2019-05-29T19:45:25.848 [Information] Name of output text file: <outputTxtFile>
2019-05-29T19:45:25.848 [Information] Name of output PDF file: <outputPdfFile>
2019-05-29T19:45:26.200 [Information] Adding OCR task <taskID> for <fileName> <size of fileName>...

To download the output files from Storage Explorer to your local machine, first select the files you want and then select the Download on the top ribbon.

Tip

The downloaded files are searchable if opened in a PDF reader.

Clean up resources

You are charged for the pool while the nodes are running, even if no jobs are scheduled. When you no longer need the pool, delete it. In the account view, select Pools and the name of the pool. Then select Delete. When you delete the pool, all task output on the nodes is deleted. However, the output files remain in the storage account. When no longer needed, you can also delete the Batch account and the storage account.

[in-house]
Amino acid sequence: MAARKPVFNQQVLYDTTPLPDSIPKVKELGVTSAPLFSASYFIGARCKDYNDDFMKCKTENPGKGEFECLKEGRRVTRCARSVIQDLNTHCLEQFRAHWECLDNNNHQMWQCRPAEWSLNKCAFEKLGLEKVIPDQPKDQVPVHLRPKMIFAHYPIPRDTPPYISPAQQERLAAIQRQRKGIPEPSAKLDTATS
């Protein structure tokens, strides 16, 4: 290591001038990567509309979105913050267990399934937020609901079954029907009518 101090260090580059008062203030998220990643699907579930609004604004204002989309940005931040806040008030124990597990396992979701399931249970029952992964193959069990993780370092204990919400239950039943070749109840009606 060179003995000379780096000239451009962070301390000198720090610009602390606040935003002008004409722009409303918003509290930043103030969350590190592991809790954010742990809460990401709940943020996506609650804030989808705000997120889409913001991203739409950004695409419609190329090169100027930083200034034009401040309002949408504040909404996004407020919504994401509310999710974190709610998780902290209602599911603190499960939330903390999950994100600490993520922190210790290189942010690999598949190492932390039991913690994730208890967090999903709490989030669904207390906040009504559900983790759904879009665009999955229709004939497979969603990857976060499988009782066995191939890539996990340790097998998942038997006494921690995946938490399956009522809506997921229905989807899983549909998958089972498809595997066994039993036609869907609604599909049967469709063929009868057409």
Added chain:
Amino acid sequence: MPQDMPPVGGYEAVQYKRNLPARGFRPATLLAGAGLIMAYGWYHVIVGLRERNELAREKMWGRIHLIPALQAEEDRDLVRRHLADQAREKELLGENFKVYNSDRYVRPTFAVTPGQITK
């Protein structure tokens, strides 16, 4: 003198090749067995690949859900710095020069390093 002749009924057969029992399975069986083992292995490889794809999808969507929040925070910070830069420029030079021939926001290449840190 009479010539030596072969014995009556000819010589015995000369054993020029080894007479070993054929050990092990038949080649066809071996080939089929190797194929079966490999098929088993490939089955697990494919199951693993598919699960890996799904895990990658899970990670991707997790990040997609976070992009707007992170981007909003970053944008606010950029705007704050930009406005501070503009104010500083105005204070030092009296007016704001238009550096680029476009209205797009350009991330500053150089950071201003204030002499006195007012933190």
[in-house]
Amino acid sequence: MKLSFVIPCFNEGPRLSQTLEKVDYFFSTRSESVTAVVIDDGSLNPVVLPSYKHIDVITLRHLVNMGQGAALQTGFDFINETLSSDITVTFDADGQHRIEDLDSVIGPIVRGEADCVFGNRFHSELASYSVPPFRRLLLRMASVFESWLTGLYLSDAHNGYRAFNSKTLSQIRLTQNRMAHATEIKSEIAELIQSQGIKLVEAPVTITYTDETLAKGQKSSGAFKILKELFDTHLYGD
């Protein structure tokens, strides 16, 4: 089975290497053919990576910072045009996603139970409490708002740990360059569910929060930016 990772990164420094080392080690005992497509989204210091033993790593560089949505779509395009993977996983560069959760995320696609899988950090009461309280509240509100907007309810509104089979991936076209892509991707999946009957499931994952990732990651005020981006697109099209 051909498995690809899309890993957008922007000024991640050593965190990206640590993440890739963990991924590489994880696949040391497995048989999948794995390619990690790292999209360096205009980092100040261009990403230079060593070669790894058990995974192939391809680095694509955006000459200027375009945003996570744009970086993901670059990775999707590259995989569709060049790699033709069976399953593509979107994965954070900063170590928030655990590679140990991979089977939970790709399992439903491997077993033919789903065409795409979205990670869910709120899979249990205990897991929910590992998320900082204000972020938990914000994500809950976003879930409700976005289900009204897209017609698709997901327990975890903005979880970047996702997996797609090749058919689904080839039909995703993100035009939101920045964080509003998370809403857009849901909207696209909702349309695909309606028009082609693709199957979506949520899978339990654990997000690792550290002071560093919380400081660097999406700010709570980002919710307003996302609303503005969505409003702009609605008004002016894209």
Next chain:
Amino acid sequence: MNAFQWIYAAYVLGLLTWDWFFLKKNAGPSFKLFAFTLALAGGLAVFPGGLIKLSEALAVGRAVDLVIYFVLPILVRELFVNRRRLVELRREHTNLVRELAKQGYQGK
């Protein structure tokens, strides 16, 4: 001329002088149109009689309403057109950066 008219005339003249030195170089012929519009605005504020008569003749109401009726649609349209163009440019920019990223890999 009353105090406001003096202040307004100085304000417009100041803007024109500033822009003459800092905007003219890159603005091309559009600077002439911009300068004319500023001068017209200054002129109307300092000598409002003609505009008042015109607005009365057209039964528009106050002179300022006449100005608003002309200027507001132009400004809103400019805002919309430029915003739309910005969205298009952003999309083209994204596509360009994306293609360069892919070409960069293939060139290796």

Next steps

In this tutorial, you learned how to:

  • Use Batch Explorer to create pools and jobs
  • Use Storage Explorer to create blob containers and a shared access signature (SAS)
  • Create a blob-triggered Azure Function
  • Upload input files to Storage
  • Monitor task execution
  • Retrieve output files

Continue on by exploring the rendering applications available via Batch Explorer in the Gallery section. For each application there are several templates available, which will expand over time. For example, for Blender templates exist that split up a single image into tiles, so parts of an image can be rendered in parallel.

For more examples of using the .NET API to schedule and process Batch workloads, see the samples on GitHub.